string data = await hc.GetStringAsync(searchUrl);

 

//if we got some data back then try and load it into our set of search results of

//social events and Yammer messages

if (!string.IsNullOrEmpty(data))

{

CortanaSearchResult csr = CortanaSearchResult.GetInstanceFromJson(data);

 

Dispatcher.BeginInvoke(() =>

{

//if we found some events plug them

//into our UI by databinding to the

//lists in the Panorama control

if ((csr != null) && ((csr.Events.Count > 0) ||

(csr.YammerMessages.Count > 0)))

{

                        EventsLst.DataContext = csr.Events;

                        YammerLst.DataContext = csr.YammerMessages;

}

else

{

//update the UI to show that there were no search results found

WaitTxt.Text = "Sorry, I couldn't find any results for \"" +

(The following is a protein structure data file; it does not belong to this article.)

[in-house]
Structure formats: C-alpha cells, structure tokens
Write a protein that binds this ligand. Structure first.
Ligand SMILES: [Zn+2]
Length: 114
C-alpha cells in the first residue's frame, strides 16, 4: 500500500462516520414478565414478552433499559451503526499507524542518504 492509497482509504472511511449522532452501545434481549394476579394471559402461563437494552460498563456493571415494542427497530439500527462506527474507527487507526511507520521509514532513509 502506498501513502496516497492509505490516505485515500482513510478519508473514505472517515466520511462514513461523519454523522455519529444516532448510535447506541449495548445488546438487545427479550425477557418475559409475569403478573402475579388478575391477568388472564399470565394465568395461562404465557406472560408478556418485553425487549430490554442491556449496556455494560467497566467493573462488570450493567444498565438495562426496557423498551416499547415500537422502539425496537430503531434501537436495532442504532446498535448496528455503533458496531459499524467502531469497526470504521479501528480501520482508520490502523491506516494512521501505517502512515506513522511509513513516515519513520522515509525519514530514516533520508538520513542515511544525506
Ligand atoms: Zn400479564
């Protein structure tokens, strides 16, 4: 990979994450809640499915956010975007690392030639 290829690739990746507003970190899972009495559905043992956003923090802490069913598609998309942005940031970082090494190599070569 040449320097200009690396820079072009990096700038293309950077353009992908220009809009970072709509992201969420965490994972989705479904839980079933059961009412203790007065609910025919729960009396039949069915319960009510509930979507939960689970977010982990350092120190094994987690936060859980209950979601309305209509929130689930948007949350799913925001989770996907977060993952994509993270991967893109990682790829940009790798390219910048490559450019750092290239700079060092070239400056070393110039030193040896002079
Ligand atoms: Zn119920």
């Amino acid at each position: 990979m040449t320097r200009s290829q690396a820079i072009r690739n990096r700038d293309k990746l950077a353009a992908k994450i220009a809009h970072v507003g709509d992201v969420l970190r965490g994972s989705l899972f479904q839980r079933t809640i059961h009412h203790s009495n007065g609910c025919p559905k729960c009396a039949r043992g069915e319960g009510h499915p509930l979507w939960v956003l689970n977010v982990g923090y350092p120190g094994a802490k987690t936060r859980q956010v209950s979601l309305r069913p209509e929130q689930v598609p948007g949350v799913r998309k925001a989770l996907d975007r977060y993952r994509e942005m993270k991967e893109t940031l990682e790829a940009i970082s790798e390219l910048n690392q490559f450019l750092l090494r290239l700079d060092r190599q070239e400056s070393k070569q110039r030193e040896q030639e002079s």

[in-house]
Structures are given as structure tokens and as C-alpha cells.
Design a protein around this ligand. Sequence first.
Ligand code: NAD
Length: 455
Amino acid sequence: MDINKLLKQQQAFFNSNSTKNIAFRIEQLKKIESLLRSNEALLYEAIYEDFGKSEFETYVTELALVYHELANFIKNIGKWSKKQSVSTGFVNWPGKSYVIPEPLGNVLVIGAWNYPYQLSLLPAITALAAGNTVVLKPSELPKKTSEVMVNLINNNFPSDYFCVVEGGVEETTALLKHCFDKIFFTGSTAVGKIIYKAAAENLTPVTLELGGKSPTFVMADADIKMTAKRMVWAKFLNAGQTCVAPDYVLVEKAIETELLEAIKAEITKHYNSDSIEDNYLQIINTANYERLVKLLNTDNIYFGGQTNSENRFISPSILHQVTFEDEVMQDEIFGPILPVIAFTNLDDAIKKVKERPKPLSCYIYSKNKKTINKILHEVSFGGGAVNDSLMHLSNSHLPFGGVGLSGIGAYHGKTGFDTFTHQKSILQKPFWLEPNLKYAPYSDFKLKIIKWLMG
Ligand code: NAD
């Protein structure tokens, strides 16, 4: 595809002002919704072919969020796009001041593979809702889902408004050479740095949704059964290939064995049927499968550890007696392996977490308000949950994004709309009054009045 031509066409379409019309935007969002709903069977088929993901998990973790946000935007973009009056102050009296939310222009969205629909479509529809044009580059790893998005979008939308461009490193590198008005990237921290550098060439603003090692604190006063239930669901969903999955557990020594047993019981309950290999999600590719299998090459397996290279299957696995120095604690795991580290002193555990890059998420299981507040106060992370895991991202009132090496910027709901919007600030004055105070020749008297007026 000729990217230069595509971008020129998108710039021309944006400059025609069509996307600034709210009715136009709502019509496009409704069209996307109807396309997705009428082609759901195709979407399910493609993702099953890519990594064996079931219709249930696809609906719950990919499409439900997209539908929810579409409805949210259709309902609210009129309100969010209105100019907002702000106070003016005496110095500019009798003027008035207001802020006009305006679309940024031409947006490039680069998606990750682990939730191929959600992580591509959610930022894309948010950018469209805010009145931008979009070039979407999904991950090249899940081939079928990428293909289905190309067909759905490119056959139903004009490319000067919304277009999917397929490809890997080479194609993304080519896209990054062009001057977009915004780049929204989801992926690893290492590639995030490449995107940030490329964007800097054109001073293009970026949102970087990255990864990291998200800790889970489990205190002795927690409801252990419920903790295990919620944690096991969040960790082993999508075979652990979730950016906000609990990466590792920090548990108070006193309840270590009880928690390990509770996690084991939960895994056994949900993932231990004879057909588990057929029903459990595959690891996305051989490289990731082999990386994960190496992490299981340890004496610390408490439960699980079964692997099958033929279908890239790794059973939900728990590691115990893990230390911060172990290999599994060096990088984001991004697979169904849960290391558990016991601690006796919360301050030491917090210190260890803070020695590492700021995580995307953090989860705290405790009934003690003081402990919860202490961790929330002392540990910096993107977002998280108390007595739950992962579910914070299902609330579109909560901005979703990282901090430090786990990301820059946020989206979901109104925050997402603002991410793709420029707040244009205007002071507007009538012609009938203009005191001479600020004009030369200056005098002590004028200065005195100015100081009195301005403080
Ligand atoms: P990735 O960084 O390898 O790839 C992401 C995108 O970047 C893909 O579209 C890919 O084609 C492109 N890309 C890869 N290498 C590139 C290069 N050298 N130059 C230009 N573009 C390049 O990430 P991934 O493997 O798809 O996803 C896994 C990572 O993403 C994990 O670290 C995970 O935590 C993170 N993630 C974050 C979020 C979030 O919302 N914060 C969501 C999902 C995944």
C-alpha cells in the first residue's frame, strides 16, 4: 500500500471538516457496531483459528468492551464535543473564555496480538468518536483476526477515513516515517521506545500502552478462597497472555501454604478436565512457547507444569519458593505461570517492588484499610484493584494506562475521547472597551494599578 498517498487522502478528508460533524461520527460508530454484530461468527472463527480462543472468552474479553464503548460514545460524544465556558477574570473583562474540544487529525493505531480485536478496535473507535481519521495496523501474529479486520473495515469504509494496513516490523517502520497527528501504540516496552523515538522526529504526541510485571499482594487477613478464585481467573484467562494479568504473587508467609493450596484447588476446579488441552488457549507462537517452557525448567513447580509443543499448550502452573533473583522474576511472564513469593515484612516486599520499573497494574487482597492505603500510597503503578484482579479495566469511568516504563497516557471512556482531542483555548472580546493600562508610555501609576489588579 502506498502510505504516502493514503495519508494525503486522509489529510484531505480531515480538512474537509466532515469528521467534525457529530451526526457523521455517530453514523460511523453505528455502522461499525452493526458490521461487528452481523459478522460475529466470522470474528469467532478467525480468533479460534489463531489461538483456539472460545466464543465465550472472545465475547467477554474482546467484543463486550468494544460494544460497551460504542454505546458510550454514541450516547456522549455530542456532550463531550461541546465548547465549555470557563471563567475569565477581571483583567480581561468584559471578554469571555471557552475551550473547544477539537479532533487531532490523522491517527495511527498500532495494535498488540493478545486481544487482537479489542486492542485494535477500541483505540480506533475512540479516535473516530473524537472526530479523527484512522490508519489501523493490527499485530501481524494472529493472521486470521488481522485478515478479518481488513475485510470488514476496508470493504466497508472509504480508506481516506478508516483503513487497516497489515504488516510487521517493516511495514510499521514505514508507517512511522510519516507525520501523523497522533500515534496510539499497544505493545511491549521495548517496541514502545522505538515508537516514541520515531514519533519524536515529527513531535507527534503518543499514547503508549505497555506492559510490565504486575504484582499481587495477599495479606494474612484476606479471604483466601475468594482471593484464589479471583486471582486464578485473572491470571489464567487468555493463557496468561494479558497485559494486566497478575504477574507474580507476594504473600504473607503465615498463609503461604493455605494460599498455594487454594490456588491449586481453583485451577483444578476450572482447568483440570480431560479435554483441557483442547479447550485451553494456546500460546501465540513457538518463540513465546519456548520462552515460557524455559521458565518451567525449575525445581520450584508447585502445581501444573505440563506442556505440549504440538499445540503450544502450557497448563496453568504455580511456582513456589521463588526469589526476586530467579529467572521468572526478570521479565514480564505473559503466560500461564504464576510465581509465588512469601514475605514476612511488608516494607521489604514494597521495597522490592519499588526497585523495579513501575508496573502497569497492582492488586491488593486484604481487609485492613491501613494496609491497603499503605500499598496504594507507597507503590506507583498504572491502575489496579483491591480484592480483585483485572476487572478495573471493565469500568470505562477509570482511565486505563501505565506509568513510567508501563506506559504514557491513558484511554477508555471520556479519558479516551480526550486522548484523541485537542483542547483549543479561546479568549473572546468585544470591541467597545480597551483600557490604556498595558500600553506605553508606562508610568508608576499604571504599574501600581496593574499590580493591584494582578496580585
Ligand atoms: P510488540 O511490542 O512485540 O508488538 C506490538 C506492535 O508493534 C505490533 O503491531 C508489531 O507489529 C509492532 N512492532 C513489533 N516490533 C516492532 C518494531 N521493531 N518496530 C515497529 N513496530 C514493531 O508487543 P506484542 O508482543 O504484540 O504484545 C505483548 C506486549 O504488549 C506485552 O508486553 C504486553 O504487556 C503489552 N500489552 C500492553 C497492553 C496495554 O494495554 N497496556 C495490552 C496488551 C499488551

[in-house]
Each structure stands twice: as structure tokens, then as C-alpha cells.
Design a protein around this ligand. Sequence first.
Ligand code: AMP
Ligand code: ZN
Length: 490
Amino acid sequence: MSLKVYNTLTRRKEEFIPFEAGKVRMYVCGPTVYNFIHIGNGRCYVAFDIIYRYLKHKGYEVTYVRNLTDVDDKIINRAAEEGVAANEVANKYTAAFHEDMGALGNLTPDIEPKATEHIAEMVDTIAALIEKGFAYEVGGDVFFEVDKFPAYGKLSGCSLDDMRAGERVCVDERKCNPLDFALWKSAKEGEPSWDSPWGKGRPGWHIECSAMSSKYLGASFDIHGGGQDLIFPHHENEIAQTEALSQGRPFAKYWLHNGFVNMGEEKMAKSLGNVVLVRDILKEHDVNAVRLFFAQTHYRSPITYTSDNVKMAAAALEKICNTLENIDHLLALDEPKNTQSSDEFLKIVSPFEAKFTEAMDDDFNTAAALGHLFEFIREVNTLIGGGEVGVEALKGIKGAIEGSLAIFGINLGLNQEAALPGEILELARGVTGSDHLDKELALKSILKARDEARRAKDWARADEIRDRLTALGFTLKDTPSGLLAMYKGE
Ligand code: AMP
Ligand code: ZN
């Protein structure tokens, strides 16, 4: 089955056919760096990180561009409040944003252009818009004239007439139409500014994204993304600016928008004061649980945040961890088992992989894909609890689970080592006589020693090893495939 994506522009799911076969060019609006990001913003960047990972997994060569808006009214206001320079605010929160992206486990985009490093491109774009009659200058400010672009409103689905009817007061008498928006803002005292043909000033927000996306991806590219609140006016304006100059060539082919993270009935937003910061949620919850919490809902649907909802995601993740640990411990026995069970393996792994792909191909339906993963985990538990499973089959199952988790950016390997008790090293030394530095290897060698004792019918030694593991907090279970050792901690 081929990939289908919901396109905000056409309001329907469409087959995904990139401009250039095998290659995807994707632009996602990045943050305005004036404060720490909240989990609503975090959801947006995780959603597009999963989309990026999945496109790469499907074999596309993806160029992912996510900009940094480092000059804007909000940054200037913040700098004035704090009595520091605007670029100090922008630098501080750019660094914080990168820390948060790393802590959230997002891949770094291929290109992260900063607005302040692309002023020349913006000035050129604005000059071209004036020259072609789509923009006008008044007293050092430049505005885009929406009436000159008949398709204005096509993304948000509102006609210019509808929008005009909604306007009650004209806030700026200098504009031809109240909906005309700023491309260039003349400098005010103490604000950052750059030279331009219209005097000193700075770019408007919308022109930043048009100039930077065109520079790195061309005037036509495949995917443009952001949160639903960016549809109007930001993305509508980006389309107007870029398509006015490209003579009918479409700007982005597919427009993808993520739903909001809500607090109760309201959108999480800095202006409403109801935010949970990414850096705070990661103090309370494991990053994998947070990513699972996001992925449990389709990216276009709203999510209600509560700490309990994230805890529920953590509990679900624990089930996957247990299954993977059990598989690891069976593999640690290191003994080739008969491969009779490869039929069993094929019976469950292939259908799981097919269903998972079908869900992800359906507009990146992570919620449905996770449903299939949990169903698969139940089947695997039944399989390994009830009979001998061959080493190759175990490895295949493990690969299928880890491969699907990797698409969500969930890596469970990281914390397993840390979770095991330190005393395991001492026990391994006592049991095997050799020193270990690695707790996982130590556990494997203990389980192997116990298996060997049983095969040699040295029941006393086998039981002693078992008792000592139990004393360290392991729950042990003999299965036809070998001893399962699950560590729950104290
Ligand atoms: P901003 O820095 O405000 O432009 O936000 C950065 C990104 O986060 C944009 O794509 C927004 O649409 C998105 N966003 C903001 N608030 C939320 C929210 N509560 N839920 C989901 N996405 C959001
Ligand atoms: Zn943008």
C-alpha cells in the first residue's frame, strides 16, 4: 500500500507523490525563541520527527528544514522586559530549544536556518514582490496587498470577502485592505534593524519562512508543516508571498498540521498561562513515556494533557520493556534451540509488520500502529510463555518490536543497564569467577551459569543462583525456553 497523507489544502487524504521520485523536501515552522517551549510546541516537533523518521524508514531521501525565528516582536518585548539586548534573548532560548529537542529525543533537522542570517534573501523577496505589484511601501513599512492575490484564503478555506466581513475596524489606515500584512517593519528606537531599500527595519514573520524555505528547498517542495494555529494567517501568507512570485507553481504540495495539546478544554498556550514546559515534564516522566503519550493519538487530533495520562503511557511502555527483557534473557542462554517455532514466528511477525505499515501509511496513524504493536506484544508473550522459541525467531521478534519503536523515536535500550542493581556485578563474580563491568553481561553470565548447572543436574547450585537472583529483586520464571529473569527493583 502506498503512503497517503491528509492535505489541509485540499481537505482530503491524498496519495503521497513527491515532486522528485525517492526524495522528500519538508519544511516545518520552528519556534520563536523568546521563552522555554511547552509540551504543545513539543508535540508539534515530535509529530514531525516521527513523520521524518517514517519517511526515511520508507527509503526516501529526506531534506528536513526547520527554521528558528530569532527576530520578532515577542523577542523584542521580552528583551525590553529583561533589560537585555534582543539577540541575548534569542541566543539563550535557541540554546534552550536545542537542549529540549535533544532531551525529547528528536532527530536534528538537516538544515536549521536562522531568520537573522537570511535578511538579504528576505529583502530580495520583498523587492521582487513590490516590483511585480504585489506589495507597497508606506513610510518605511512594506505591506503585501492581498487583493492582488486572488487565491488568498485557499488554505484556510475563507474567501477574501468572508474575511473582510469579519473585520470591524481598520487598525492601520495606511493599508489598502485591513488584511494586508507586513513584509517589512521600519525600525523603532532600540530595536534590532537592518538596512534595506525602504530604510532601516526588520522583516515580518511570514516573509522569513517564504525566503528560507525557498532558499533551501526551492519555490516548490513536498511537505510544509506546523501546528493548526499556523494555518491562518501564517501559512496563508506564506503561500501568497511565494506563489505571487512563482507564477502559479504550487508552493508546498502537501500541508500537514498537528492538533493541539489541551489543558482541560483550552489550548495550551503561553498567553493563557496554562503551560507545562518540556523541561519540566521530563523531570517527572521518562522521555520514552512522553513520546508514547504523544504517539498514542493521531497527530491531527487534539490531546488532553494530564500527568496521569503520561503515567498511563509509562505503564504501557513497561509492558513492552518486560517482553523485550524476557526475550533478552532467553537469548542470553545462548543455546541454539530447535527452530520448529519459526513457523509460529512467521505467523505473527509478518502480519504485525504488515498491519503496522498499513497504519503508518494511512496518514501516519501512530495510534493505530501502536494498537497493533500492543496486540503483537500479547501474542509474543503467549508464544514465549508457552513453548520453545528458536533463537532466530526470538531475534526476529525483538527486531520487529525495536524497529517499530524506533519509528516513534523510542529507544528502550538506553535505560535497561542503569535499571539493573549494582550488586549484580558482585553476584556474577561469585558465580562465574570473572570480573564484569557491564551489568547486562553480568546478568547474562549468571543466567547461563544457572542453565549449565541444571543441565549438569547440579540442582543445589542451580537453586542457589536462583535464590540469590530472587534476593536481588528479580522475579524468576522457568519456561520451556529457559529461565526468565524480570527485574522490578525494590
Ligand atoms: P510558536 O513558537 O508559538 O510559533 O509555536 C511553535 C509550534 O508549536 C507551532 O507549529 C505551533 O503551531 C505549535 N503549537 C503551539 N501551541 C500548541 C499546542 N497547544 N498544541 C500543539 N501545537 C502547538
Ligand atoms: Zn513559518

searchTerms + "\"";

 

}

});

}

 

Add Speech to Your App

Adding speech to your application is even easier than adding voice recognition.  The first thing you’re going to do is create a new instance of the SpeechSynthesizer, like this:

this.Synthesizer = new SpeechSynthesizer();

 

That’s all you do to set it up.  To actually have my app say something I created a simple method for it that looks like this:

private void StartSpeakingSsml(string ssmlToSpeak)

{

//Begin speaking using our synthesizer, wiring the

//completion event to stop tracking the action

//when it finishes.

           

this.CurrentSynthesizerAction = this.Synthesizer.SpeakSsmlAsync(ssmlToSpeak);

this.CurrentSynthesizerAction.Completed = new AsyncActionCompletedHandler(

(operation, asyncStatus) =>

{

Dispatcher.BeginInvoke(() =>

{ this.CurrentSynthesizerAction = null; });

});

}